Flaherty's alleged treatment of employees and flagrant disregard for public health is appalling. The people of Palm Aire are entitled to a thorough investigation conducted by an independent party as to the validity of the City of Pompano's water testing findings and the plant's procedures. It was brought to my attention that an investigation was allegedly conducted by a county health department employee who has "connections" to the water department. Slightly ironic, ain't it?

So, to clarify any confusion and to clear up the doubt swirling around this situation like the bacteria and funk in our drinking water, let's get that investigation going and get this matter out in the open.

Oh, and don't drink the water in the meantime.

Lauren Cusolito

Pompano Beach

An expert speaks: After reading Bob Norman's article on Pompano Beach drinking-water problems, all I can say is that I'm shocked! As an independent consultant to the water/wastewater industry (specifically in the areas of laboratory/regulatory compliance), I'm ashamed to say that while I'm trying to help clients in other states, these types of shenanigans are going on in my own back yard (I recently moved from Palm Aire to Margate).

I commend Mr. Norman, Mr. [Chris] Fox, and Mr. [Nicholas] Hoffman for exposing the bureaucracy that threatens the public health and safety. Lord knows there is enough of that in our government system. We shouldn't also have to worry about what's in the water we are drinking. Who needs Saddam Hussein and his biological weapons when we have Mr. Flaherty and Mr. Gerard Weber, director of the city's water lab, right here?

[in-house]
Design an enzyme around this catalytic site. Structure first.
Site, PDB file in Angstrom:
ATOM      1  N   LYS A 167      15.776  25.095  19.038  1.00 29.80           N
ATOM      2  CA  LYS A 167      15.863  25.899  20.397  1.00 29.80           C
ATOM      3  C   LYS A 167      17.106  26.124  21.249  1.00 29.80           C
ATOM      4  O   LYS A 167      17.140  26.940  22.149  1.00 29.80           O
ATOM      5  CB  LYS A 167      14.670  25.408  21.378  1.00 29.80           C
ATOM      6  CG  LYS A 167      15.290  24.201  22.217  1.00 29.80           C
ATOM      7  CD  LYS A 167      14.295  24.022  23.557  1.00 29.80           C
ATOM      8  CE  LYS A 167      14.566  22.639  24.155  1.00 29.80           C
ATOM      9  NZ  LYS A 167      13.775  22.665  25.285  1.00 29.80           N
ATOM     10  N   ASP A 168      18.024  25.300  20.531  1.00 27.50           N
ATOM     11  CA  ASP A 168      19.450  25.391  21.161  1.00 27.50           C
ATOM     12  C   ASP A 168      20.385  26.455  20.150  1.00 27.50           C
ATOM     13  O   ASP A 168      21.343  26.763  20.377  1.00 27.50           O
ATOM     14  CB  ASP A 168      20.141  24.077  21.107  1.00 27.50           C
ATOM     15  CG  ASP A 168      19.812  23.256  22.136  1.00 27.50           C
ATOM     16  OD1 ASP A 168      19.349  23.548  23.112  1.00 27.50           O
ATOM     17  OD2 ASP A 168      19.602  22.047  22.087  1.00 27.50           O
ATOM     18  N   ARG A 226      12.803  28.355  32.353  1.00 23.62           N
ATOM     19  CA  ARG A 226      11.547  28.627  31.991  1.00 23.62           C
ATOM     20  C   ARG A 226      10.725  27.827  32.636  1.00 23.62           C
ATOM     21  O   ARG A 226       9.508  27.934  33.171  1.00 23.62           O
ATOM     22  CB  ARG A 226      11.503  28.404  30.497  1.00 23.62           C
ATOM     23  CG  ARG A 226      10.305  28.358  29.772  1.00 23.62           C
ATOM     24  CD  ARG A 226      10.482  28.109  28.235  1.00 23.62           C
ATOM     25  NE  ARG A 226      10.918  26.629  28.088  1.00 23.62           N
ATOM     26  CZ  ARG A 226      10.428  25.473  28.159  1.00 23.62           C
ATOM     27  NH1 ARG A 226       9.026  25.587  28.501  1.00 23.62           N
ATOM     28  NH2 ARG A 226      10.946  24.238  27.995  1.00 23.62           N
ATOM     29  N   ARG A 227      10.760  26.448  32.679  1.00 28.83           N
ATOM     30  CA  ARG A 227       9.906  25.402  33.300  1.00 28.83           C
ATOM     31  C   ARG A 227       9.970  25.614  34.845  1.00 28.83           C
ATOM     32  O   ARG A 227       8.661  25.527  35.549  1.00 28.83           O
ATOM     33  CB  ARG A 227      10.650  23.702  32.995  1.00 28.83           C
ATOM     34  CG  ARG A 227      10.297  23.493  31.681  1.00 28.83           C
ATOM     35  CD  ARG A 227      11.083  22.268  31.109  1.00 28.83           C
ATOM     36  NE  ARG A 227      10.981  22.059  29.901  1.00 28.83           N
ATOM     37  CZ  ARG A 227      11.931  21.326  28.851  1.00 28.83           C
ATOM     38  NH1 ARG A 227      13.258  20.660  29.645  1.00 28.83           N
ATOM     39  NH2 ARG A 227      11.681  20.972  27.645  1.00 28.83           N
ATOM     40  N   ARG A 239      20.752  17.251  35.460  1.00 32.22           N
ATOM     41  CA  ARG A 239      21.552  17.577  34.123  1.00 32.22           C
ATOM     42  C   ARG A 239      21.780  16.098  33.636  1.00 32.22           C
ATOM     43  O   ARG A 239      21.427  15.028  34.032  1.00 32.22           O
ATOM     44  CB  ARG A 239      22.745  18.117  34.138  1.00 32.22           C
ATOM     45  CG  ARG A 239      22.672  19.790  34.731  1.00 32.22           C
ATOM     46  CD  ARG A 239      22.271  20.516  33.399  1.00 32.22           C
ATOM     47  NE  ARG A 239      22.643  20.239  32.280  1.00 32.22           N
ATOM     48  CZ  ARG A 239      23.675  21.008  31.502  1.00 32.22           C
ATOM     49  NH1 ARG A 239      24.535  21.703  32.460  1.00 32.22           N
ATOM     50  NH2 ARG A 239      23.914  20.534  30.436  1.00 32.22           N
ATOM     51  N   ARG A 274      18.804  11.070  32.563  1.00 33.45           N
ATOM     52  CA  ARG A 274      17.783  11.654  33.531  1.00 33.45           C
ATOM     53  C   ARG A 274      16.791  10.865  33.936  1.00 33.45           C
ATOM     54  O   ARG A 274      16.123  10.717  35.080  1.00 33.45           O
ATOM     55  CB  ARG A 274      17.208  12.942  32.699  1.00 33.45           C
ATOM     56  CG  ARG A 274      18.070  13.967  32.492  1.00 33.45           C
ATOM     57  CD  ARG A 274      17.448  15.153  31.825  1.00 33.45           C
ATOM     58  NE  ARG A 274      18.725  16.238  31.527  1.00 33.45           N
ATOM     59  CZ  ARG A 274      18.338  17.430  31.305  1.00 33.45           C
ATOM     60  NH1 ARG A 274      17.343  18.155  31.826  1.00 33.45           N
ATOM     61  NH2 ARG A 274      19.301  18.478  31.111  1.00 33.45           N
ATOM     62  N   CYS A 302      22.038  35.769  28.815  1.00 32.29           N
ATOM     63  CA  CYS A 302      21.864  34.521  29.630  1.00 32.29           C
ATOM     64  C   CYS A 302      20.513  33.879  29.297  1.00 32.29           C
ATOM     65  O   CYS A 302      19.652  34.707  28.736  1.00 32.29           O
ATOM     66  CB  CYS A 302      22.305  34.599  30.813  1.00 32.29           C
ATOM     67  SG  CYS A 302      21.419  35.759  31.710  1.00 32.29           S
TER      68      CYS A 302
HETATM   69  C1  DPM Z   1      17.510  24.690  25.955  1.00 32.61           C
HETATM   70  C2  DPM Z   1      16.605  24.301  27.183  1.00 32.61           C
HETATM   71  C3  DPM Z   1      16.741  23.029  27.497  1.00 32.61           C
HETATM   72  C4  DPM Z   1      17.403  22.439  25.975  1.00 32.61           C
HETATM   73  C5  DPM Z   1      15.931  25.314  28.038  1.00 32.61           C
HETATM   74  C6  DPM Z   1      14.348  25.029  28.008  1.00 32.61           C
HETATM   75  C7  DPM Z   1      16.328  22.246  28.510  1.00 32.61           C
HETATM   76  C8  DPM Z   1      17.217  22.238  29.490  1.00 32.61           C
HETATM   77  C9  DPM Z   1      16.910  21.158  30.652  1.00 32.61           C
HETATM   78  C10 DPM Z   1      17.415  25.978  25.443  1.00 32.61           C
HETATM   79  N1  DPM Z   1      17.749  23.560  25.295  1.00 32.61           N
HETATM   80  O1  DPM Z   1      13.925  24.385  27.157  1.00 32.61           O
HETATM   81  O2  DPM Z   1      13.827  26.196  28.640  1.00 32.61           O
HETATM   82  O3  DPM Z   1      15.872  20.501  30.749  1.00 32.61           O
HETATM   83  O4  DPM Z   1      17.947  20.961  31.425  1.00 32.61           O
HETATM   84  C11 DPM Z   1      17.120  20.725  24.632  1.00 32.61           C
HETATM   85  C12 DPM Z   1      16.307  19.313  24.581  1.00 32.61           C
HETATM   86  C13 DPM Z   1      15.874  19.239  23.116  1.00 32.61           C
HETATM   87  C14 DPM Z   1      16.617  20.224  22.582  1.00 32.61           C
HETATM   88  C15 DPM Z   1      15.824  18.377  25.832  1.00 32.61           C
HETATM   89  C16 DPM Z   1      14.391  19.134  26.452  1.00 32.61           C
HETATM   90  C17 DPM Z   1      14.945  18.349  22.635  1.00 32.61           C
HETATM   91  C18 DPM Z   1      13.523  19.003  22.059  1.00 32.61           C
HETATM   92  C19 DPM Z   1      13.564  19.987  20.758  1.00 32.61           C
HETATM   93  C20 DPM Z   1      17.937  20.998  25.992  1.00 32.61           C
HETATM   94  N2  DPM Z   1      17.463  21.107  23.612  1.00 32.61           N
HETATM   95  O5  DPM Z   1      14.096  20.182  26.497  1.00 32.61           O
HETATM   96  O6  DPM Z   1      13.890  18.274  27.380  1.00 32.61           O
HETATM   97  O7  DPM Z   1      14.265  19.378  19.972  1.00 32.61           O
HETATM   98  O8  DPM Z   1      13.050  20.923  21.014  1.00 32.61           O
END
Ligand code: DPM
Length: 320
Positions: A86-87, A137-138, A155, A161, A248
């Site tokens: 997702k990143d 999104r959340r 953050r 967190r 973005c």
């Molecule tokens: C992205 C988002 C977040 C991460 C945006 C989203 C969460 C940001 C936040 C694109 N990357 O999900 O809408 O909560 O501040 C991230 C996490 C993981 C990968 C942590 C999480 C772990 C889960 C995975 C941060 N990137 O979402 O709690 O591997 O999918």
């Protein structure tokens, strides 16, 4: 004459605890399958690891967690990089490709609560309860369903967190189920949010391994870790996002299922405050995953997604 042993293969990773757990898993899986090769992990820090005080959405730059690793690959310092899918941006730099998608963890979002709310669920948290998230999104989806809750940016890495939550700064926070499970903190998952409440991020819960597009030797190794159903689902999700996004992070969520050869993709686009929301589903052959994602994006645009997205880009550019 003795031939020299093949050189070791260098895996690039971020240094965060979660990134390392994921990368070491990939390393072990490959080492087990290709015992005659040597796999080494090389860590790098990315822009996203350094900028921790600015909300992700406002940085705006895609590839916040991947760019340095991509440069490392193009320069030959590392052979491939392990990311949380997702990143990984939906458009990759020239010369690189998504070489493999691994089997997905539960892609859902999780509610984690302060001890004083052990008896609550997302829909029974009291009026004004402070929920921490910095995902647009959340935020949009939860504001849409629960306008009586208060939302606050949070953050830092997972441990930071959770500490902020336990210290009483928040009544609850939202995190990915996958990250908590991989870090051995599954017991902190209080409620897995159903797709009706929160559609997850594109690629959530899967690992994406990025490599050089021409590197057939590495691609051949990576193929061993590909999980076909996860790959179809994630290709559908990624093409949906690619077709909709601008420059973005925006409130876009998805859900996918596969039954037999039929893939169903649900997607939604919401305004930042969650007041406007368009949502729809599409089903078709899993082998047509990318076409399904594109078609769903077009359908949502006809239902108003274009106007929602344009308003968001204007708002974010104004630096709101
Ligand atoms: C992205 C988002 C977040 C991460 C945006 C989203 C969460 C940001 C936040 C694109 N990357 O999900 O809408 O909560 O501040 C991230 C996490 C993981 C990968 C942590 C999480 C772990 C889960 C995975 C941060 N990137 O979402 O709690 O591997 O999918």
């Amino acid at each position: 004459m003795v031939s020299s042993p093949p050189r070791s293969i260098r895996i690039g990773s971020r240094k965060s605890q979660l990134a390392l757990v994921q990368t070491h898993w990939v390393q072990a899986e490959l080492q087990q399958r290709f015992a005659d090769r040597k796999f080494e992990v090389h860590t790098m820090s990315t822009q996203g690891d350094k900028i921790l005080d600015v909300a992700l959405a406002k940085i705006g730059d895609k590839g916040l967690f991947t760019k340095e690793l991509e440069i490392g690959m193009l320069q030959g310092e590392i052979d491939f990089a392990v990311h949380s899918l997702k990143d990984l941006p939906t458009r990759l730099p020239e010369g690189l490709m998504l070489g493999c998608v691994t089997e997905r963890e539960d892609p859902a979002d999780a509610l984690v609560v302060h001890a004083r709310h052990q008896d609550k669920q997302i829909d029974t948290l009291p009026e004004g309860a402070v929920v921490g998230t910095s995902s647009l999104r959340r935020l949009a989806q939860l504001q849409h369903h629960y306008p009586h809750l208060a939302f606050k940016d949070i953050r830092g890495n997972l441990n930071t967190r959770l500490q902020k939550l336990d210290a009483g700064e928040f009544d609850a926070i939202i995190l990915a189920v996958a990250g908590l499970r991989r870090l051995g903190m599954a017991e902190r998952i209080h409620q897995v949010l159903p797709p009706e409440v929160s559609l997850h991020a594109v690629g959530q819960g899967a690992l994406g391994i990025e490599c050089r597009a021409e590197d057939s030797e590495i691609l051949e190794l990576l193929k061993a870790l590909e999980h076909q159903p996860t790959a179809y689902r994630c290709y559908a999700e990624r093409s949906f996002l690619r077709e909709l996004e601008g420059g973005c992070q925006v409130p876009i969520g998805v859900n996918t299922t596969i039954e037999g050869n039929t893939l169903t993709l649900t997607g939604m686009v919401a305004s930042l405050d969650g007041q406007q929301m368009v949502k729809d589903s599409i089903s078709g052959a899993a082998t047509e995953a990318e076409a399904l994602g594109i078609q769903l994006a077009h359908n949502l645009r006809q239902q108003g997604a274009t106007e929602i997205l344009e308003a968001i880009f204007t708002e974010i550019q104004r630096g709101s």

Keep up the good work!

Yvonne M. Fernandez


Spoiling the editor's point: Chuck Strouse points out that there is a conflict between the Hollywood City Commission's push for development in downtown Hollywood and the Broward County School Board's lack of action to help Hollywood Central Elementary's overcrowding problem ("Steal from the Kiddies, Spoil the Rich," March 6). It appears to escape him that these are two separate bodies, not parts of one organization. Something needs to be done -- true. But to slam the Hollywood commission, as Mr. Strouse does for almost his whole essay, seems to miss the point entirely. People, including the New Times staffer Mr. Strouse refers to, want to live in and near downtown Hollywood, and it seems that it would be the commission's responsibility to create opportunities for them to do so. A thriving downtown is good for everyone.

More classroom space is needed in Hollywood, yes. But it seems that if Mr. Strouse wants to help, he would be more effective in pointing out why the School Board has not dealt with this issue. Remember that school overcrowding is not actually a consequence of development -- it's a consequence of people moving to an area. By writing the article he did, Mr. Strouse seems to suggest they should not be allowed to move to downtown Hollywood.

Alesh Houdek